What are micronutrients? Micronutrients are the vitamins, minerals, trace elements, phytochemicals, and antioxidants that are essential for good health. Micronutrients generally get a lot of attention because they can be packaged and bottled (for profit). However, when it comes to health and vitality it is ultimately macronutrients that run the show.

Nutrition has become a very confusing subject for discussion these days. What follows is basic description of the science behind what various macronutrients do and what our basic requirements are for their consumption. To be clear, this blog has strong reservations about the value of manufactured foods.  All foods that were not given to us by mother-nature directly and which require significant processing should be removed from daily life if your goal is health and longevity. This includes manufactured so-called health foods and commercially prepared factory farmed meats.
The category of macronutrients can be broken down into two subsections, essential and non-essential. Essential nutrients are nutrients that your body cannot manufacture for itself. Essential nutrients must come from external sources. Non-essential nutrients are nutrients that can be accessed internally or manufactured by combining a variety of other available nutrients.

There are essential micronutrients as well. These include the various B vitamins, vitamin C, and the fat soluble vitamins A, D, E & K. They must be accessed externally. There are also many essential minerals, including: Calcium, Chloride, Chromium, Cobalt (as part of Vitamin B12), Copper, Iodine, Iron, Magnesium, Manganese, Molybdenum, Phosphorus, Potassium, Selenium, Sodium, Zinc.

Note: There are no essential carbohydrates or sugars, all carbohydrates eventually become sugar. Why are there no essential carbs? Because we can make them via the synthesis of amino acids and glycerol obtained from fat metabolism. We can also make them through de novo synthesis (also called gluconeogenesis). Eventually, the body can adapt to a low-carbohydrate state by producing ketones (a state called ketosis) to fuel the body/brain. We can readily adjust to using ketones for fuel, except where excessive carbohydrate stores are present.  In that case, our bodies will revert to running on sugar.

We do not need carbohydrates. In fact excessive intake of carbohydrates is the cause of major diseases of affluence in the world today. These diseases include huge increases in rates of cancer and heart disease. Cutting excessive sugars and carbohydrates out of our diets will prevent a vast proportion of these diseases! We know this having observed the effects of fasting and caloric restriction.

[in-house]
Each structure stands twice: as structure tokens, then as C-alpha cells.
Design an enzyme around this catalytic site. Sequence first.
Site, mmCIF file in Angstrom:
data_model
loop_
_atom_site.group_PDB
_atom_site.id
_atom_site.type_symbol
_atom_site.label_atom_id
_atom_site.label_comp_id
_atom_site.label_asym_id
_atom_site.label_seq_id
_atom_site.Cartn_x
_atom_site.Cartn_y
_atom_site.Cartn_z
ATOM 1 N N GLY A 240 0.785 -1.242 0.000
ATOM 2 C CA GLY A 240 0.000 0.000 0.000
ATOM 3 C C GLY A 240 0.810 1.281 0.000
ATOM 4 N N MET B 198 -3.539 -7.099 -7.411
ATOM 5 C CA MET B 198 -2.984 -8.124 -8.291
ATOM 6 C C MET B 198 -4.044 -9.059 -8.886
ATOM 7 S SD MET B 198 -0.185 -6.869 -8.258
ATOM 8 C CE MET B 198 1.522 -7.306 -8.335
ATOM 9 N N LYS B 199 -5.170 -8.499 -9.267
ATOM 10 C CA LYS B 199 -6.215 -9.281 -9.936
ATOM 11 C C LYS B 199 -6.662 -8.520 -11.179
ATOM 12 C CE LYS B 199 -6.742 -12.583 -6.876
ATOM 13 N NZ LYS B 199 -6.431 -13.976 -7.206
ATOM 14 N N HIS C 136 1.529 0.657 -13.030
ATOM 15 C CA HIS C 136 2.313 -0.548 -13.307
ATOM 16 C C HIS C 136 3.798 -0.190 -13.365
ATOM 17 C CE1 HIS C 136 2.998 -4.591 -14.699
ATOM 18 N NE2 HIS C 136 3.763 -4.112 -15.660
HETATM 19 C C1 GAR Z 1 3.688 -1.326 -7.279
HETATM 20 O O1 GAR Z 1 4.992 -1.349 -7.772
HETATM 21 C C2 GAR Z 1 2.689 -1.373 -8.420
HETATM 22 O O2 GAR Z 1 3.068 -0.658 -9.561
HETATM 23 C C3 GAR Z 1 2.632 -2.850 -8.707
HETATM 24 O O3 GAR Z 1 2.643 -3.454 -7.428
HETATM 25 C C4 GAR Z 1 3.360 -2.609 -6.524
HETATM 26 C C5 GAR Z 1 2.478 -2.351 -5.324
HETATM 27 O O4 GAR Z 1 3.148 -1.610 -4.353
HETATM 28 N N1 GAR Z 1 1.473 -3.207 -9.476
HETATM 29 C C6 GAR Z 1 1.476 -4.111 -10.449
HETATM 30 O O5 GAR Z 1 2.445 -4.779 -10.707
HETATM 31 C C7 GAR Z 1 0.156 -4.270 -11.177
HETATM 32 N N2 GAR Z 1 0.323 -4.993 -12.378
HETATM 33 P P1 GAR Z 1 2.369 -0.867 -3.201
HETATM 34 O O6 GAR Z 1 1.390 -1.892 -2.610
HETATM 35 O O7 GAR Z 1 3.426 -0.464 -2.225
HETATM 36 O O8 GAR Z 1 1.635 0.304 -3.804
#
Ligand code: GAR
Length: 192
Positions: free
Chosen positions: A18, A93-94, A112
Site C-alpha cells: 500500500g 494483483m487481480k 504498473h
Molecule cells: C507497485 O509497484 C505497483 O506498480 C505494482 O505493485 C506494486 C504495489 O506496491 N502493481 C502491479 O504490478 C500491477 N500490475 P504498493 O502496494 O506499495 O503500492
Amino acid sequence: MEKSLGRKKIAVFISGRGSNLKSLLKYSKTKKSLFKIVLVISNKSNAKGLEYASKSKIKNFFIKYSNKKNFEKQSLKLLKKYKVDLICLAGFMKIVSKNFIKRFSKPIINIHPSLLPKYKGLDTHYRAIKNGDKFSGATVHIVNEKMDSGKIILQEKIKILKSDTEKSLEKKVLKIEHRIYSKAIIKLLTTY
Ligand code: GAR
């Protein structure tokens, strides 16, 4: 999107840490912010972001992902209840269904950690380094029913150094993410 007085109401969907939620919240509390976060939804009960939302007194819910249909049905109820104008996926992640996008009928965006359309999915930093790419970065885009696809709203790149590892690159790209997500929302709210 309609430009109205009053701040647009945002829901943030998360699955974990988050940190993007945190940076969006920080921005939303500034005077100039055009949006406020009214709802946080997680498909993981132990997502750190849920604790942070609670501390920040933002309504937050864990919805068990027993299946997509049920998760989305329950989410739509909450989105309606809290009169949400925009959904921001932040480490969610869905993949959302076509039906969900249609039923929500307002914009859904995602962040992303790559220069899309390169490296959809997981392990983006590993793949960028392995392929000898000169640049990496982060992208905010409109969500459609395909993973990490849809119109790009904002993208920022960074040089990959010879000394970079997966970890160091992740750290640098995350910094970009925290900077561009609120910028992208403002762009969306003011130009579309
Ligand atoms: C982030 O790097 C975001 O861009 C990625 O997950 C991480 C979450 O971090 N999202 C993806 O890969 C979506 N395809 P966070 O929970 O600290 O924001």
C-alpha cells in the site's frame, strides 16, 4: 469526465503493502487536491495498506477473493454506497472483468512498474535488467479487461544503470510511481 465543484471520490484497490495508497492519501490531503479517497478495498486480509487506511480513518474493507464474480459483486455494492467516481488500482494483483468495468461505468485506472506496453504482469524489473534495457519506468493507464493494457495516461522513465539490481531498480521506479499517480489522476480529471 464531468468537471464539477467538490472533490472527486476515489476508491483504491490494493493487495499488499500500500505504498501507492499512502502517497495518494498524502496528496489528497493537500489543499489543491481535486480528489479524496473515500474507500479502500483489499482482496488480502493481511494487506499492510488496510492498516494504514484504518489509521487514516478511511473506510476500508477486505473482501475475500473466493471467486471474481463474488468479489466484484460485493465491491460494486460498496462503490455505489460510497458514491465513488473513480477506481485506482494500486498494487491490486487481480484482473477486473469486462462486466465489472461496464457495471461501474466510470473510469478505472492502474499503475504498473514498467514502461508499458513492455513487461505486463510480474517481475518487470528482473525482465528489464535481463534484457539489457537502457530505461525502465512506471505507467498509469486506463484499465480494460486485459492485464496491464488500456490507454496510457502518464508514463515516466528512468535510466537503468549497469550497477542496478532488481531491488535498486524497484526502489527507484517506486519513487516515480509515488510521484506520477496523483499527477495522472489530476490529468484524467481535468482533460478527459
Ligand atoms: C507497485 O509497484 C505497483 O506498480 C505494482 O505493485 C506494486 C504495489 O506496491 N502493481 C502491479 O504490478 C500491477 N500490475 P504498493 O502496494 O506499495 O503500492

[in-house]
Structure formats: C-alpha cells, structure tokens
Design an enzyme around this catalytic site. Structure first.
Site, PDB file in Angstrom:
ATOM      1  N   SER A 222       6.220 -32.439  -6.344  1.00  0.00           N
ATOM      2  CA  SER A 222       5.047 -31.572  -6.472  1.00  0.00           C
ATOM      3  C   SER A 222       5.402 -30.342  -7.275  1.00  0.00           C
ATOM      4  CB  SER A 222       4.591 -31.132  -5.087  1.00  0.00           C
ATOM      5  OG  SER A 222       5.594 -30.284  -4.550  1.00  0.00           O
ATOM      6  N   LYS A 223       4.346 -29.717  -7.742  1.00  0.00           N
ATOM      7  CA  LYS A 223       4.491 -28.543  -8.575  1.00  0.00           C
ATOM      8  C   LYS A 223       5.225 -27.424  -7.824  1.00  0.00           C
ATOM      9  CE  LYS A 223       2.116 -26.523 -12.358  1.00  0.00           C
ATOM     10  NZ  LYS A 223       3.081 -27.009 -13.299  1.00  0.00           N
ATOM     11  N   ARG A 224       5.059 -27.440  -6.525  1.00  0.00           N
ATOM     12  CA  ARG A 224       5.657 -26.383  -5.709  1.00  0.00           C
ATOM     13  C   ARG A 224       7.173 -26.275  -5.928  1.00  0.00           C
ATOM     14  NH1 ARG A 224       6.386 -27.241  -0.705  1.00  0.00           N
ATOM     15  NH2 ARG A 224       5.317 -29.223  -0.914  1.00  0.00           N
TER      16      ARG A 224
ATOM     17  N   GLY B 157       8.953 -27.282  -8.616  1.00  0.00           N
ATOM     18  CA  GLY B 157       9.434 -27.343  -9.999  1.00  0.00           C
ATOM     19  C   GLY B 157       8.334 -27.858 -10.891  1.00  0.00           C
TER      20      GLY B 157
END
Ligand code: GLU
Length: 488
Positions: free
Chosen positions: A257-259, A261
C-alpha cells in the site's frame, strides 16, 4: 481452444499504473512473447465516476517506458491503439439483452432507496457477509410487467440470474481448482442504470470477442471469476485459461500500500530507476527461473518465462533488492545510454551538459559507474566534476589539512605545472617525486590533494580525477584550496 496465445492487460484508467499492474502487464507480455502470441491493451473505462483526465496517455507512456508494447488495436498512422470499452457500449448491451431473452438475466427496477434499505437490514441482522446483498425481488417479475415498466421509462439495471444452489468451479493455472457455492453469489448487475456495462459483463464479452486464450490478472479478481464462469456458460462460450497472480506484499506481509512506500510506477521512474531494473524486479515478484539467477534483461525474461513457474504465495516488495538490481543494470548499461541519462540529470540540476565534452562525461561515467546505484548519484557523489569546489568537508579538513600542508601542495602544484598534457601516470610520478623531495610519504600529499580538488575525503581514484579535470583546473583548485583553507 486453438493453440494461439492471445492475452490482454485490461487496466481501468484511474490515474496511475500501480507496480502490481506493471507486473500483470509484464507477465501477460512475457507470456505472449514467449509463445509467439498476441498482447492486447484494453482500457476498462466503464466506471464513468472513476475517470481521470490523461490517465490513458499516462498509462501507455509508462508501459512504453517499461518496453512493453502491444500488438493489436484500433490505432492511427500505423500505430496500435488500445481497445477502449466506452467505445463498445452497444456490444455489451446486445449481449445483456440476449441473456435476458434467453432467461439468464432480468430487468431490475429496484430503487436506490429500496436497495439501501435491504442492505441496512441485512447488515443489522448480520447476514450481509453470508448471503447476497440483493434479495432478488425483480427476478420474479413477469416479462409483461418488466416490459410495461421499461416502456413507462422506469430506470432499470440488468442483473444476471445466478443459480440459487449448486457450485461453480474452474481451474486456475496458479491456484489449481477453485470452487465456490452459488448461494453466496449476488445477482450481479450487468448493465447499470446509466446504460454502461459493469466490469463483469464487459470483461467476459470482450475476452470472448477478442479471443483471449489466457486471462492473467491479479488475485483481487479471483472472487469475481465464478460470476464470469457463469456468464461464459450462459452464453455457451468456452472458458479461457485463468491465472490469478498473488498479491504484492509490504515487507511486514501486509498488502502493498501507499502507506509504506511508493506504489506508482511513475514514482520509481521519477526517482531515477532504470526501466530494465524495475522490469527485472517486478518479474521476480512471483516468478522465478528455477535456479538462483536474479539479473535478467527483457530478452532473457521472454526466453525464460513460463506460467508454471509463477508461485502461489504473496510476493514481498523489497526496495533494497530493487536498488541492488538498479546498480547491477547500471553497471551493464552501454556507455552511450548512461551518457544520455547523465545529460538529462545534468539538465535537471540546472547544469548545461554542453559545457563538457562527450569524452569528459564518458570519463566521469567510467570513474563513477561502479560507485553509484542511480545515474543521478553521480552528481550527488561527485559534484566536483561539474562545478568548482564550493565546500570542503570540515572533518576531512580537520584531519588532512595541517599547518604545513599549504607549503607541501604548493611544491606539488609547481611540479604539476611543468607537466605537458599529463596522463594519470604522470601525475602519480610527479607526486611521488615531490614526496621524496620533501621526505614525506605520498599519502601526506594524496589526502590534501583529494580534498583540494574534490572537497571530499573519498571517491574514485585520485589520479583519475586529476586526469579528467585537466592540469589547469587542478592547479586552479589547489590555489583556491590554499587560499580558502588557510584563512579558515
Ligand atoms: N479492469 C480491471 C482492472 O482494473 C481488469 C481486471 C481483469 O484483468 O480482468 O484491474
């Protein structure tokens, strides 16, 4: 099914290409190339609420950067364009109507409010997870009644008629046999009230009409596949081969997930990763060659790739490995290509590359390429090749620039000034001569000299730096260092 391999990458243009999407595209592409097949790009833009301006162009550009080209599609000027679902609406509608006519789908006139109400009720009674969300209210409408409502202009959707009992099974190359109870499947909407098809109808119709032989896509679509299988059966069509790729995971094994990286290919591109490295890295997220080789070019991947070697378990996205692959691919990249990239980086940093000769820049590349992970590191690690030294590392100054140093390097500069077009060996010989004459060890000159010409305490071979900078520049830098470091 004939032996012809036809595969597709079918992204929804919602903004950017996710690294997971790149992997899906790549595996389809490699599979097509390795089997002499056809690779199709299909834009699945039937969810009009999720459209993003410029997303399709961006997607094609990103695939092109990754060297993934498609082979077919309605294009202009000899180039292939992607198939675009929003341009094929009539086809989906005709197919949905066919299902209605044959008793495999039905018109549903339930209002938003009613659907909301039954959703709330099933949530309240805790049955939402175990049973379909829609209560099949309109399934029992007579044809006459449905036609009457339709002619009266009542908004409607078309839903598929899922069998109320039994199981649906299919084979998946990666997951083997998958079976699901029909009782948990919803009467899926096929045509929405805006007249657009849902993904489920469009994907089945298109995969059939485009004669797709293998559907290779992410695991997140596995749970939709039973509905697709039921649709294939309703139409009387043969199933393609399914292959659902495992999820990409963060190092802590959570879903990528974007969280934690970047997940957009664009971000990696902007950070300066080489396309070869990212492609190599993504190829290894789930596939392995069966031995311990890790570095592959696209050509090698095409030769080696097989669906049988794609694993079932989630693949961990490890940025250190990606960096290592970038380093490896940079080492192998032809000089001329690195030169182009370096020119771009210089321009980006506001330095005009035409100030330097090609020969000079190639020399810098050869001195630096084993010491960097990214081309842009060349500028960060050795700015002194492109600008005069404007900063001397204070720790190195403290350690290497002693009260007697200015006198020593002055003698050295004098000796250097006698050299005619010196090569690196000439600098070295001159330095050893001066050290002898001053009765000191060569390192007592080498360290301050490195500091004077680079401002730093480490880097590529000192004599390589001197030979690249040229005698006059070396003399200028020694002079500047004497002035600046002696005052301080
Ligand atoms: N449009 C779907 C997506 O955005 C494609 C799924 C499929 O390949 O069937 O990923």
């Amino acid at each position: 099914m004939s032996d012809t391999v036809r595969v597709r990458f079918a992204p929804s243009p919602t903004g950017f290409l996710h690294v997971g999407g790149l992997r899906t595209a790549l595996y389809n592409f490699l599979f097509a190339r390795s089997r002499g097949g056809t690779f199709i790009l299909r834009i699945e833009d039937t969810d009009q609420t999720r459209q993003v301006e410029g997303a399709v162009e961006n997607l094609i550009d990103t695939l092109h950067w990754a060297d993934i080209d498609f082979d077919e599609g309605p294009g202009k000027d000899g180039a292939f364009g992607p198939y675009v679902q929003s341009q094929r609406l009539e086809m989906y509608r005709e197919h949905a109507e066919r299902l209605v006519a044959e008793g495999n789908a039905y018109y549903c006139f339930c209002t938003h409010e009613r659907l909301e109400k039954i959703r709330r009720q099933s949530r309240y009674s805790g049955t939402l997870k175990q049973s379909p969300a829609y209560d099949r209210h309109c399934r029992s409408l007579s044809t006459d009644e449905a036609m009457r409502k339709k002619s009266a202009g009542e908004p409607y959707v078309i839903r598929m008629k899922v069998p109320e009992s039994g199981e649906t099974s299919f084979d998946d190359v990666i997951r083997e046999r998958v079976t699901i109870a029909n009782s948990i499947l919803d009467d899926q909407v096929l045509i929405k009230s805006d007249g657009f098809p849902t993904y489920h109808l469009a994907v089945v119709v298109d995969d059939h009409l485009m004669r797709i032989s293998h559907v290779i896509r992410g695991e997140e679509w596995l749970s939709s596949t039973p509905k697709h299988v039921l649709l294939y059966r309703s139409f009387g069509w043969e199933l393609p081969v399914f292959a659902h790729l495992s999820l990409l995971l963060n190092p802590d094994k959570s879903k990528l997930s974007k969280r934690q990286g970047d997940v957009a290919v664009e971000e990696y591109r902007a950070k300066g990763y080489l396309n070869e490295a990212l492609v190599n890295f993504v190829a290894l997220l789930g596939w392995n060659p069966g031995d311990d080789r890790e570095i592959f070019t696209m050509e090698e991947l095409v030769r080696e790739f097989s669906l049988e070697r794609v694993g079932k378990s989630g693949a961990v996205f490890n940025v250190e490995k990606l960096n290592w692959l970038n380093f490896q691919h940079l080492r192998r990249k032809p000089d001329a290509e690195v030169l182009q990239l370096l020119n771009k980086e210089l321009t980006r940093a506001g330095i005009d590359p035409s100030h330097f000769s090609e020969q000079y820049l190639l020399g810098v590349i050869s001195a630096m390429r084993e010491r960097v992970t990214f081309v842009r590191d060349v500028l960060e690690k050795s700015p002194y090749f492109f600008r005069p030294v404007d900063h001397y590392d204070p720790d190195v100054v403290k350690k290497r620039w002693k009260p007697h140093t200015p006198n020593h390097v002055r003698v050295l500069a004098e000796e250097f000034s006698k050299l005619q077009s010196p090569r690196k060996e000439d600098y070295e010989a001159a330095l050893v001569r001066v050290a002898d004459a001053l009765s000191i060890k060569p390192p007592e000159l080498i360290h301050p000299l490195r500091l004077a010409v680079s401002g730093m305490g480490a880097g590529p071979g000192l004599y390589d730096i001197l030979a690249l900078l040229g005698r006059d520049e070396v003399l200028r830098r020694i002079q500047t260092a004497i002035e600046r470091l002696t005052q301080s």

Fasting and caloric restriction both reduce levels of insulin, which is required for the storage of blood sugar in the form of fat. Eating fat doesn’t make you "gain weight" directly. However, eating excessive amounts of sugar along with that fat is what causes us to pack on excessive and unhealthy pounds.

As well, fasting and caloric restriction reduce another growth factor called MTOR (short for mammalian target of rapamycin), which regulates cell growth and cell proliferation. MTOR is a protein sensing pathway that sets a limit on the amount of protein we can eat before it starts creating negative health effects.
Caloric Restriction

Caloric restriction, often shortened as CR, extends healthy, average, and maximum life spans. Various studies have analysed many short lived animals, including mice and rats, as well as animals with longer life spans such as primates. These studies follow a variety of species through a full lifespan in a shorter period of time than possible with humans. Studies on humans involve less severe parameters over shorter time spans for ethical reasons but their findings parallel those of animal studies. In published research, this method of eating is generally called dietary restriction, abbreviated to DR. Rodent studies conducted over the past 20 years have reliably demonstrated up to a 40% increase in maximum life span through life-long caloric restriction.

 Appearance of Rhesus monkeys in 
old age (approximately 27.6 years). A and B 
show a typical control animal. C and D show 
an age-matched caloric restricted animal.
The biological reaction to caloric restriction occurs in most species examined to date. It likely evolved early in the history of life on Earth as a tactic to boost the likelihood of surviving periodic famines. The effects of such dietary restrictions are the same whether you are a mouse that is alive for a few years or a human living for decades.

Unlike animal studies, in human studies of caloric restriction cannot be directly credited with the same impact on life span. We can’t directly study its effects over an entire human life span so easily and there are serious moral implications for such research. However, it has been shown provide numerous health benefits. These include lowered risks for most degenerative conditions of aging as well as improved measures of health. In recent years, more lengthy human studies of long-term and short-term calorie restriction have systematically demonstrated these benefits. Many researchers believe that the evidence to date shows the practice of caloric restriction will in fact prolong the healthy human life span. There simply isn't enough data yet to pin down the impact on an entire life span. However, it is reasonable to deduce that the impact of caloric restriction could mean a difference of 5-10 years of life.